A REVIEW should be carried out into the soaring costs of Scotland’s £36 million methadone programme, a government appointed expert group has said.
The heroin replacement – which costs £100,000 a day – should continue as a treatment for addicts, it said, but more should be done to get users on the road to recovery, including better residential and community rehab programmes.
Labour has claimed many pharmacists are becoming “methadone millionaires” on the back of payments for dispensing the heroin replacement.
In a report published yesterday, the Scottish Drugs Strategy Delivery Commission, chaired by Dr Brian Kidd, said the payments system was “complex and opaque” .
“It is recommended that steps are taken to investigate the complexities of the current pricing structures and to explore if any potential alternative new mechanisms could be developed to further reduce drug costs,” the report found.
Methadone has been at the heart of drug treatment since the 1980s and is taken by thousands of recovering addicts.
But official figures show that of the 438 drug deaths in Scotland in 2011, methadone is the most commonly implicated drug, involved in 234 cases.
Dr Kidd said the review “identified a range of areas in which progress is required”.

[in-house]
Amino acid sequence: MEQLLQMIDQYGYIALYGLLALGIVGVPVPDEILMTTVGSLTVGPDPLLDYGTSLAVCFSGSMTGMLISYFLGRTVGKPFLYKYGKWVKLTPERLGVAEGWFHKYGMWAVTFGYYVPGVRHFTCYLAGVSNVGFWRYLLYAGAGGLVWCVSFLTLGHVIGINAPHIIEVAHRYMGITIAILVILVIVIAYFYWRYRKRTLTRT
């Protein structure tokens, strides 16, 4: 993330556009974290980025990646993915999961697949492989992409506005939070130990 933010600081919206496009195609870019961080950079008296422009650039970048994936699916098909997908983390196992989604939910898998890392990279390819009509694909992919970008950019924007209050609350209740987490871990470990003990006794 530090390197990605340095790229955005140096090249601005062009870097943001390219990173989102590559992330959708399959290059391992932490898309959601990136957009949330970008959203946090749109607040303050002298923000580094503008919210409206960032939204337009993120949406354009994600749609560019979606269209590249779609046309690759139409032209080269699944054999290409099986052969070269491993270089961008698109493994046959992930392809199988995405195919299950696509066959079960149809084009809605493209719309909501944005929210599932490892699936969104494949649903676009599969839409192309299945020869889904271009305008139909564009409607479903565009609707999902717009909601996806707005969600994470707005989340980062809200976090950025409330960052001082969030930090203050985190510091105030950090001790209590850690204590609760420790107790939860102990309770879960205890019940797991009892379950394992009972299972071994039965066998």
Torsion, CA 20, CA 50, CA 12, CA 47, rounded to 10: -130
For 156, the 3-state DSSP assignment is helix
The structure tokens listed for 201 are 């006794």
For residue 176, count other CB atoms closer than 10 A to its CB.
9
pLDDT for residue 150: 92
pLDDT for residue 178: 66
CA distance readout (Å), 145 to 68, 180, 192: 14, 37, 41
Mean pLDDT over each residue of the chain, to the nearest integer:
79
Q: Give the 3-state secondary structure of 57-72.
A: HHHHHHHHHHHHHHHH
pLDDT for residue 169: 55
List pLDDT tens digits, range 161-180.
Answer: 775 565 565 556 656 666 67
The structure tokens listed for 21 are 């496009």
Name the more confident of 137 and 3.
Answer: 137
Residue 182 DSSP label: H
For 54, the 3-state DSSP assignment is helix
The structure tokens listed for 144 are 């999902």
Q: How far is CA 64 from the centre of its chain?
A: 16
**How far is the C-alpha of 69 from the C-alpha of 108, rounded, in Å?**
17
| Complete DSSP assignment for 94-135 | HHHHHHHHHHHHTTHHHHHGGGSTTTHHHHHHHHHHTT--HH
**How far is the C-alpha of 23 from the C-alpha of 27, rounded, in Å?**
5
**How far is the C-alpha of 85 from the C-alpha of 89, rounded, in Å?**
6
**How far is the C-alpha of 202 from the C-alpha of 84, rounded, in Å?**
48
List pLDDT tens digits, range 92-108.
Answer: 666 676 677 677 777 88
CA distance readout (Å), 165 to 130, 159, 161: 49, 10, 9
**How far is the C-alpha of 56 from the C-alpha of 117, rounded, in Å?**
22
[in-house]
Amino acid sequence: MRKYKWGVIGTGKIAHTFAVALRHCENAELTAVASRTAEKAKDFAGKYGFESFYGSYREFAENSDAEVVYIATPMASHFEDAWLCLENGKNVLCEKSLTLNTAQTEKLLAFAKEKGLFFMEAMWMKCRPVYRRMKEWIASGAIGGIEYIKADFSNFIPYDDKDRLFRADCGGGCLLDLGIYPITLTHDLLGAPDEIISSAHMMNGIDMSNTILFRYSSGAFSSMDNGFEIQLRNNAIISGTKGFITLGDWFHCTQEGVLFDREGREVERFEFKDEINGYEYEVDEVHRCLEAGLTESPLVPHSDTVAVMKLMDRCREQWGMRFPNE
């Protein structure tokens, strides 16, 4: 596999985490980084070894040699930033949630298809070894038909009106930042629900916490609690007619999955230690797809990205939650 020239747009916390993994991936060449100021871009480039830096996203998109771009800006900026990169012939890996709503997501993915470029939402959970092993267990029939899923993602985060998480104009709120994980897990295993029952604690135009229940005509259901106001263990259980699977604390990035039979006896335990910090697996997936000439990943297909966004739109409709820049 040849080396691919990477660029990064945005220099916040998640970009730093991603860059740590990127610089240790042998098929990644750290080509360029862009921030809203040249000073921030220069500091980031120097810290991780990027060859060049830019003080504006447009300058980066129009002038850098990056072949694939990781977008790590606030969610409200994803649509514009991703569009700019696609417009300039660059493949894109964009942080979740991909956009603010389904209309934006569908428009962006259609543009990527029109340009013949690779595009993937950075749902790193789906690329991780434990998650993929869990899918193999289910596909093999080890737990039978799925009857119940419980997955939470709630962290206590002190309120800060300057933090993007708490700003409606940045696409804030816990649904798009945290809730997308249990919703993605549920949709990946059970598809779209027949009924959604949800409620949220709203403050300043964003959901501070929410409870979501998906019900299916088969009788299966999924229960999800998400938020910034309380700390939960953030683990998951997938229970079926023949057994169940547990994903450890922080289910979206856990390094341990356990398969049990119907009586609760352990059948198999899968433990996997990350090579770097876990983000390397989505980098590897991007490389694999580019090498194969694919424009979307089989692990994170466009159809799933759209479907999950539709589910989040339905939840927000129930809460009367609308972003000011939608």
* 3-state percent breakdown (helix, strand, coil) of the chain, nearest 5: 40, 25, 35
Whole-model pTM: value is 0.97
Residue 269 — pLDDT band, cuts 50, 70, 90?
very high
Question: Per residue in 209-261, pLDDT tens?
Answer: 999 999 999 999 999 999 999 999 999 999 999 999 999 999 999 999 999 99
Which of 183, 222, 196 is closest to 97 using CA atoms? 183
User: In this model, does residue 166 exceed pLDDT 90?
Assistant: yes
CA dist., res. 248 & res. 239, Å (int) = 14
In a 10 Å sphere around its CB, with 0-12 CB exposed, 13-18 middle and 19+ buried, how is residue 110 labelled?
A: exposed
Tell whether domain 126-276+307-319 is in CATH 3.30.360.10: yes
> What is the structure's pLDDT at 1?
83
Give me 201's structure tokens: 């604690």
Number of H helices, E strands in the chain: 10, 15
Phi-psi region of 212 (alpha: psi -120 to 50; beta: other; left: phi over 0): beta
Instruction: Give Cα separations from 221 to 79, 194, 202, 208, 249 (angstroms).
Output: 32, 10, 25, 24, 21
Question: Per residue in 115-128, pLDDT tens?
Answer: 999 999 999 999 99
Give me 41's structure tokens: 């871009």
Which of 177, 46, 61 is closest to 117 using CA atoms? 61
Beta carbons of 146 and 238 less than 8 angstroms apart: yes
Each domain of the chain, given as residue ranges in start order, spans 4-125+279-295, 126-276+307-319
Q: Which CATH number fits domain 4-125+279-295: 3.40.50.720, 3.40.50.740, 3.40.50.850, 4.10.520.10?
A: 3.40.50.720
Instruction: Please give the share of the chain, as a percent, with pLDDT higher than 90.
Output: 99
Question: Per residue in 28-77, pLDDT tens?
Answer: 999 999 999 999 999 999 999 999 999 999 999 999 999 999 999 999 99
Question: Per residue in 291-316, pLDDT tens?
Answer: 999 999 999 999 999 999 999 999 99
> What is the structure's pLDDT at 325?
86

He added: “We have concluded that ORT [opioid replacement therapy] with methadone is an effective treatment and must remain a significant element of the treatment options available for those struggling with opiate dependency in Scotland. However, ORT must be one of a comprehensive range of treatment options in every area.”
Community safety minister Roseanna Cunningham said the government now plans to hold meetings with those working in this field, as well as politicians from Scotland’s main parties, to agree “the best way forward”.
She added: “Just as we have made great strides to cut waiting times for drug treatment, we now need to continue to improve the quality and range of the support and treatment available, and the systems in place for monitoring how well all areas are performing on this.”
David Liddell, director of addictions charity Scottish Drugs Forum, said: “It is entirely right that the review sets problem drug use and treatment in the social context of the hugely significant income and health inequalities which prevail in Scotland and which underpin so much of Scotland’s drug problem.”
He called for “a more informed level of discussion about tackling problem drug use”.
Labour deputy justice spokeswoman, Elaine Murray, said methadone is “a vital component in helping people tackle drug addiction”.
But she added: “This report identifies serious problems which the Scottish Government need to address immediately.
She said: “For chaotic addicts, it becomes yet another drug used with heroin and alcohol.”
Conservative health spokesman Jackson Carlaw voiced concerns there was no mention of “abstinence” in any of the report’s recommendations.
“That is an unambitious conclusion to reach and does nothing to ease fears we will simply continue parking people on alternatives with no hope of them getting their lives back on track.
“A tougher approach on this matter would help everyone, from addicts and their families to the victims of the crime many of them commit to fund their habit. Many regard the Scottish Government’s rhetoric on this issue as one of defeat.”